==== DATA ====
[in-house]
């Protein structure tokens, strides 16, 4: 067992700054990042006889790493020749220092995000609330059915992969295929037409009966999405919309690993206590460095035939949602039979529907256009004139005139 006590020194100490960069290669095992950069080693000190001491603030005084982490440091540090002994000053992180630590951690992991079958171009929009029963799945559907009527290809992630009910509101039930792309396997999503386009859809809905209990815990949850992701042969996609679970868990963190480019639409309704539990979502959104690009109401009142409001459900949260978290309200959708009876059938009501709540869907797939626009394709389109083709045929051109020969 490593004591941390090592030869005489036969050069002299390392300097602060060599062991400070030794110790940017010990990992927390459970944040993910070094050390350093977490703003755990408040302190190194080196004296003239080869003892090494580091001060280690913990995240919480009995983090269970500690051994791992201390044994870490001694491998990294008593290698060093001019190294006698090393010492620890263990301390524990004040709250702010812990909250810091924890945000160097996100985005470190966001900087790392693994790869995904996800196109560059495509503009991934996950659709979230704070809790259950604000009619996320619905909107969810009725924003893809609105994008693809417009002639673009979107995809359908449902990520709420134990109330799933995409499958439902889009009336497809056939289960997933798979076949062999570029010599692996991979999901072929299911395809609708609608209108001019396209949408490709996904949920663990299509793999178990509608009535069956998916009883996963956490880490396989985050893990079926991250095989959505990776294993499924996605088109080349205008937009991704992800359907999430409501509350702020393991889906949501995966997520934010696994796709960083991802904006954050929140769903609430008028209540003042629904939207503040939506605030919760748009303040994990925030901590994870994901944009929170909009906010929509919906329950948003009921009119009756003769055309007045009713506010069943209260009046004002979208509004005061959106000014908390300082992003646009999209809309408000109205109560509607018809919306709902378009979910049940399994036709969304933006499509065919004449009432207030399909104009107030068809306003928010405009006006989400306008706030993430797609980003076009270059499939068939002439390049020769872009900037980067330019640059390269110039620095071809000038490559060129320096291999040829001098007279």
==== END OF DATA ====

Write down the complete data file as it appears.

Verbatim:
[in-house]
């Protein structure tokens, strides 16, 4: 067992700054990042006889790493020749220092995000609330059915992969295929037409009966999405919309690993206590460095035939949602039979529907256009004139005139 006590020194100490960069290669095992950069080693000190001491603030005084982490440091540090002994000053992180630590951690992991079958171009929009029963799945559907009527290809992630009910509101039930792309396997999503386009859809809905209990815990949850992701042969996609679970868990963190480019639409309704539990979502959104690009109401009142409001459900949260978290309200959708009876059938009501709540869907797939626009394709389109083709045929051109020969 490593004591941390090592030869005489036969050069002299390392300097602060060599062991400070030794110790940017010990990992927390459970944040993910070094050390350093977490703003755990408040302190190194080196004296003239080869003892090494580091001060280690913990995240919480009995983090269970500690051994791992201390044994870490001694491998990294008593290698060093001019190294006698090393010492620890263990301390524990004040709250702010812990909250810091924890945000160097996100985005470190966001900087790392693994790869995904996800196109560059495509503009991934996950659709979230704070809790259950604000009619996320619905909107969810009725924003893809609105994008693809417009002639673009979107995809359908449902990520709420134990109330799933995409499958439902889009009336497809056939289960997933798979076949062999570029010599692996991979999901072929299911395809609708609608209108001019396209949408490709996904949920663990299509793999178990509608009535069956998916009883996963956490880490396989985050893990079926991250095989959505990776294993499924996605088109080349205008937009991704992800359907999430409501509350702020393991889906949501995966997520934010696994796709960083991802904006954050929140769903609430008028209540003042629904939207503040939506605030919760748009303040994990925030901590994870994901944009929170909009906010929509919906329950948003009921009119009756003769055309007045009713506010069943209260009046004002979208509004005061959106000014908390300082992003646009999209809309408000109205109560509607018809919306709902378009979910049940399994036709969304933006499509065919004449009432207030399909104009107030068809306003928010405009006006989400306008706030993430797609980003076009270059499939068939002439390049020769872009900037980067330019640059390269110039620095071809000038490559060129320096291999040829001098007279």